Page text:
# Solved – Do boosting techniques use voting like any other ensemble method

Can we generalize all ensemble methods by using voting? Do boosting methods also use voting to get the weak learners into the final model?

My understanding of the technique:

• Boosting: Continuously adds in weak learner to boost the data points that were not correctly classified.
• Ensemble technique: Uses multiple learners to obtain a better prediction than from one alone. This is explained in wikipedia.
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### Boosting can generally be understood as (weighted) voting

In the case of boosting, one of its inventors gives an affirmative answer in this introduction to AdaBoost (emphasis mine):

The final or combined hypothesis \$H\$ computes the sign of a weighted combination of weak hypotheses \$\$F(x) = sum_{t=1}^Talpha_th_t(x)\$\$ This is equivalent to saying that \$H\$ is computed as a weighted majority vote of the weak hypotheses \$h_t\$ where each is assigned weight \$alpha_t\$. (In this chapter, we use the terms “hypothesis” and “classifier” interchangeably.)

So yes, the final model returned is a weighted vote of all the weak learners trained to that iteration. Likewise, you'll find this snippet on Wikipedia about boosting in general:

While boosting is not algorithmically constrained, most boosting algorithms consist of iteratively learning weak classifiers with respect to a distribution and adding them to a final strong classifier. When they are added, they are typically weighted in some way that is usually related to the weak learners' accuracy.

Also note the mention therein that the original boosting algorithms used a "majority." The notion of voting is pretty firmly baked into boosting: Its guiding principle is to improve an ensemble at each iteration by adding a new voter, then deciding how much weight to give each vote.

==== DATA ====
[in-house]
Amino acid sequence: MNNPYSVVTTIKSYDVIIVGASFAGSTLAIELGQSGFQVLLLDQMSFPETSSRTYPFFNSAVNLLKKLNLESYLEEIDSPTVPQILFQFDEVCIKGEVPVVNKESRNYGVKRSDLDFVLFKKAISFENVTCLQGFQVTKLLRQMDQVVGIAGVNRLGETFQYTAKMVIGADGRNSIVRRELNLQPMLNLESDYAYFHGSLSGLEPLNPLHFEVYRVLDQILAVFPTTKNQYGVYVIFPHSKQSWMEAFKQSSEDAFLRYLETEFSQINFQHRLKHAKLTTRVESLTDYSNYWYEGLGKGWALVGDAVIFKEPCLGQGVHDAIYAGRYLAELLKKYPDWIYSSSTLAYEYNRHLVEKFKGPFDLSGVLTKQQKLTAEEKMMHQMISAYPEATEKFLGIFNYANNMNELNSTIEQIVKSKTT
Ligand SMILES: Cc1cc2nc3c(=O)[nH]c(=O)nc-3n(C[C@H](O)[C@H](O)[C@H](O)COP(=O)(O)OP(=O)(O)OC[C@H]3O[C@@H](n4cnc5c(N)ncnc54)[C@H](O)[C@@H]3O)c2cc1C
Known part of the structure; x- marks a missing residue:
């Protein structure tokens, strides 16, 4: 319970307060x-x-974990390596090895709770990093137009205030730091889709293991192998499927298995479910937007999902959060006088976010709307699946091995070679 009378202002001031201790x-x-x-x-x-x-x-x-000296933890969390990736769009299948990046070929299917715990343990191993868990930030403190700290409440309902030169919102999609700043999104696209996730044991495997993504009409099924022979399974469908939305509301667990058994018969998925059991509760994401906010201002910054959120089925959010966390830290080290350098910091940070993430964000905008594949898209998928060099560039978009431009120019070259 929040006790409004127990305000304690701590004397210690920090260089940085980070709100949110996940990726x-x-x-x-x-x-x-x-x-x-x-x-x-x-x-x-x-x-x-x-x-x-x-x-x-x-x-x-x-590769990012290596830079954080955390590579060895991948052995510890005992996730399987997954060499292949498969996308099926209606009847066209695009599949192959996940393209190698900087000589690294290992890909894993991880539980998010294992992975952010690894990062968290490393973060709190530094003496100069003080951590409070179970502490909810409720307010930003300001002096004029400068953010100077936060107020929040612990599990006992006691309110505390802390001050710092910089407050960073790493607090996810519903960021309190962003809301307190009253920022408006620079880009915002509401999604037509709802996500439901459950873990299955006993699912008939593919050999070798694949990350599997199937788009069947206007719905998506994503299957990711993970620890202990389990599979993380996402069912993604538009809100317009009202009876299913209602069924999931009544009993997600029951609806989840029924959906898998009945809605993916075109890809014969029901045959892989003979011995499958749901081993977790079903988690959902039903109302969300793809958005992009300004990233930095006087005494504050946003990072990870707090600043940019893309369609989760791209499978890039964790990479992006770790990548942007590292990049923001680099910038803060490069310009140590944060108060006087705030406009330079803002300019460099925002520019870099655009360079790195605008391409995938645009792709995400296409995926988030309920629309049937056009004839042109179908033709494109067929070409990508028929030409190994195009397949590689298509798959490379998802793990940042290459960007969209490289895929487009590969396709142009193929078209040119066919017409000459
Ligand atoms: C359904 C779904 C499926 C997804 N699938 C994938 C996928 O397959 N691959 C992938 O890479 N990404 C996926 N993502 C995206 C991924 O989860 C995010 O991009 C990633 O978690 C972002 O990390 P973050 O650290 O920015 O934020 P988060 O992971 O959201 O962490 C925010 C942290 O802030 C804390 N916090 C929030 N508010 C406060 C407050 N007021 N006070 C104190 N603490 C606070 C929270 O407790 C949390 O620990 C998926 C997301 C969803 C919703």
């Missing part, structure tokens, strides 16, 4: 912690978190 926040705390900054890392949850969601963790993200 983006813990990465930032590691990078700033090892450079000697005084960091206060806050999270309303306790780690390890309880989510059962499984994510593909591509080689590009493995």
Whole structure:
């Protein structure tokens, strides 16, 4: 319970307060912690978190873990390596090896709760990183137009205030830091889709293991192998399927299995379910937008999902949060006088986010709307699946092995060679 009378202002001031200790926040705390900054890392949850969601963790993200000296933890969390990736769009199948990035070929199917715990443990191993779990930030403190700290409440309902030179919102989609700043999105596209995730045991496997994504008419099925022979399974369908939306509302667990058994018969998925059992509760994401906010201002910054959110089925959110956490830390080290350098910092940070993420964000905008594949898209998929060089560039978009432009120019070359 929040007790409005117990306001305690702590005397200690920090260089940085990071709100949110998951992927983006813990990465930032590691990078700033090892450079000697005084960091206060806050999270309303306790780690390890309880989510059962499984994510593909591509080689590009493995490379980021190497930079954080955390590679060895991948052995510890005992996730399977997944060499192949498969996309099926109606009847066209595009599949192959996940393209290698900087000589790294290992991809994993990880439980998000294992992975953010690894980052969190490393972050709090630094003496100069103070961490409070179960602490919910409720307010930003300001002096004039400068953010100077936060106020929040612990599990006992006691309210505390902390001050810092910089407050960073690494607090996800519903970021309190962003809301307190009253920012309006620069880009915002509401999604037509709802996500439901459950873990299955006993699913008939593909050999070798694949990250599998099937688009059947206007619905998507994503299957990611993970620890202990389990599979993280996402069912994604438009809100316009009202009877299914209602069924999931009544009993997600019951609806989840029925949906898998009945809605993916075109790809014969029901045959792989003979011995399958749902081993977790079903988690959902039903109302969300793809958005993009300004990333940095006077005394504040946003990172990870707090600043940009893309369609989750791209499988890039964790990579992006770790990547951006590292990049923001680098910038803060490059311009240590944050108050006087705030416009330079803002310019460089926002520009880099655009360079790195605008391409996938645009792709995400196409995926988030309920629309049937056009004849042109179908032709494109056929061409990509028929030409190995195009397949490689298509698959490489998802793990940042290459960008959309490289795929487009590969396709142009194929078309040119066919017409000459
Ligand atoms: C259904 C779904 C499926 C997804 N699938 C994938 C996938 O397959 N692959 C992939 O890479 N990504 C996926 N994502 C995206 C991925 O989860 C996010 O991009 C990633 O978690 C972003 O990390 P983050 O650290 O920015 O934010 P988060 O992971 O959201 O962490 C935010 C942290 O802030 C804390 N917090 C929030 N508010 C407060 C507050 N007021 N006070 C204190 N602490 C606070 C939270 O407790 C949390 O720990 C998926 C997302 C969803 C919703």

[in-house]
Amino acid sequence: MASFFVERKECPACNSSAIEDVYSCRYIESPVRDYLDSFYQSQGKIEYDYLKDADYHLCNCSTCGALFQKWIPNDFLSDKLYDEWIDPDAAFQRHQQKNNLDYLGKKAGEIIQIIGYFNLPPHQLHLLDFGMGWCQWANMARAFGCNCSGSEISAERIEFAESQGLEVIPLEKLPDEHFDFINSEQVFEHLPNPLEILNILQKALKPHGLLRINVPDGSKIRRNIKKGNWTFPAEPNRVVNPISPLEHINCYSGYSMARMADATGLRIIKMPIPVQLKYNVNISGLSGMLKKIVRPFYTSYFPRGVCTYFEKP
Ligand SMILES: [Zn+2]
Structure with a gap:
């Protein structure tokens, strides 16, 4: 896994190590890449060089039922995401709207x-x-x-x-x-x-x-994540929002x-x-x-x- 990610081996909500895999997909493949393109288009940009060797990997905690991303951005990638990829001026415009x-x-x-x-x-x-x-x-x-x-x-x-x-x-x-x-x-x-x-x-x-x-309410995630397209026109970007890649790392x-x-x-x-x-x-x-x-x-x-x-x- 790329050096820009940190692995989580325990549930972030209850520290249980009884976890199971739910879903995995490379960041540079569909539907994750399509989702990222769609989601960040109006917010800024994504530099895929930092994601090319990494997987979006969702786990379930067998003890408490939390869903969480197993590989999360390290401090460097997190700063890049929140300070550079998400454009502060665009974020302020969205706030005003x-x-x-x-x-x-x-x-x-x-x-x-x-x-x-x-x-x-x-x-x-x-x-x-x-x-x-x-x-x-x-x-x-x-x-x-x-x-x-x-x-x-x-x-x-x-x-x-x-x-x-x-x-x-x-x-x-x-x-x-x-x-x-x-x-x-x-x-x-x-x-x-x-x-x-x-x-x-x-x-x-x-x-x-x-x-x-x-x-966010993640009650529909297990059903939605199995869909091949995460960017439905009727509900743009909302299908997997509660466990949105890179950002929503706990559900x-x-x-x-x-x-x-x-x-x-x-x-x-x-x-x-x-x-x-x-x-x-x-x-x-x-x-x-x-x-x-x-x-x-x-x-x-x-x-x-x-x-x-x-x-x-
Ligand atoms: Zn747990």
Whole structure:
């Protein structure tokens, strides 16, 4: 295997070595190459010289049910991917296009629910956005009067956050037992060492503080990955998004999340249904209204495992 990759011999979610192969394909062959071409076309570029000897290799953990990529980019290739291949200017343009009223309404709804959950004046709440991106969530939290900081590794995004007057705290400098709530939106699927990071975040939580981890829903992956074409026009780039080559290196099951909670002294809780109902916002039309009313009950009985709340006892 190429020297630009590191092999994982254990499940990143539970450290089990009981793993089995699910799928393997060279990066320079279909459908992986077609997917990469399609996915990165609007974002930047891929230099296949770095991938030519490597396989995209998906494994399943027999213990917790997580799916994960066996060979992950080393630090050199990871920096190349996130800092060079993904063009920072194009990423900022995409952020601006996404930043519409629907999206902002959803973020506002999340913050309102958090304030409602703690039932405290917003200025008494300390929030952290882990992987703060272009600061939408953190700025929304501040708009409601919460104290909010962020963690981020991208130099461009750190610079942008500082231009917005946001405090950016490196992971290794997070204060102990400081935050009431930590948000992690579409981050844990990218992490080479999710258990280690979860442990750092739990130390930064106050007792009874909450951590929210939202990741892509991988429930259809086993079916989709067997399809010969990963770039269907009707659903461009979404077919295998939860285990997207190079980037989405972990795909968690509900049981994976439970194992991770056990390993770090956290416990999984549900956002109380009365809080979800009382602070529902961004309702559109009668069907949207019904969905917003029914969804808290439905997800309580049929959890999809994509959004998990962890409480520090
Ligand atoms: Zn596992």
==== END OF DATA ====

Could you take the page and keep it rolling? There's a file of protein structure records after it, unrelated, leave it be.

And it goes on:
This same intuition carries for the example of gradient boosting: At each iteration \$m\$ we find a new learner \$h_m\$ fitted to pseudo-residuals, then optimize \$gamma_m\$ to decide how much weight to give \$h_m\$'s "vote."

### Extending to all ensemble methods runs into counterexamples

As it is, some would find that even the notion of weighting stretches the voting metaphor. When considering whether to extend this intuition to all ensemble learning methods, consider this snippet:

Ensembles combine multiple hypotheses to form a (hopefully) better hypothesis. The term ensemble is usually reserved for methods that generate multiple hypotheses using the same base learner.

And this one on the example ensemble method of stacking:

Stacking (sometimes called stacked generalization) involves training a learning algorithm to combine the predictions of several other learning algorithms. First, all of the other algorithms are trained using the available data, then a combiner algorithm is trained to make a final prediction using all the predictions of the other algorithms as additional inputs. If an arbitrary combiner algorithm is used, then stacking can theoretically represent any of the ensemble techniques described in this article, although in practice, a single-layer logistic regression model is often used as the combiner.

If you're defining ensemble methods to include stacking methods with an arbitrary combiner, you can construct methods that, in my view, stretch the notion of voting beyond its limit. It's difficult to see how a collection of weak learners combined via a decision tree or neural network can be viewed as "voting." (Leaving aside the also difficult question of when that method might prove practically useful.)

Some introductions describe ensembles and voting as synonymous; I'm not familiar enough with recent literature on these methods to say how these terms are generally applied recently, but I hope this answer gives an idea of how far the notion of voting extends.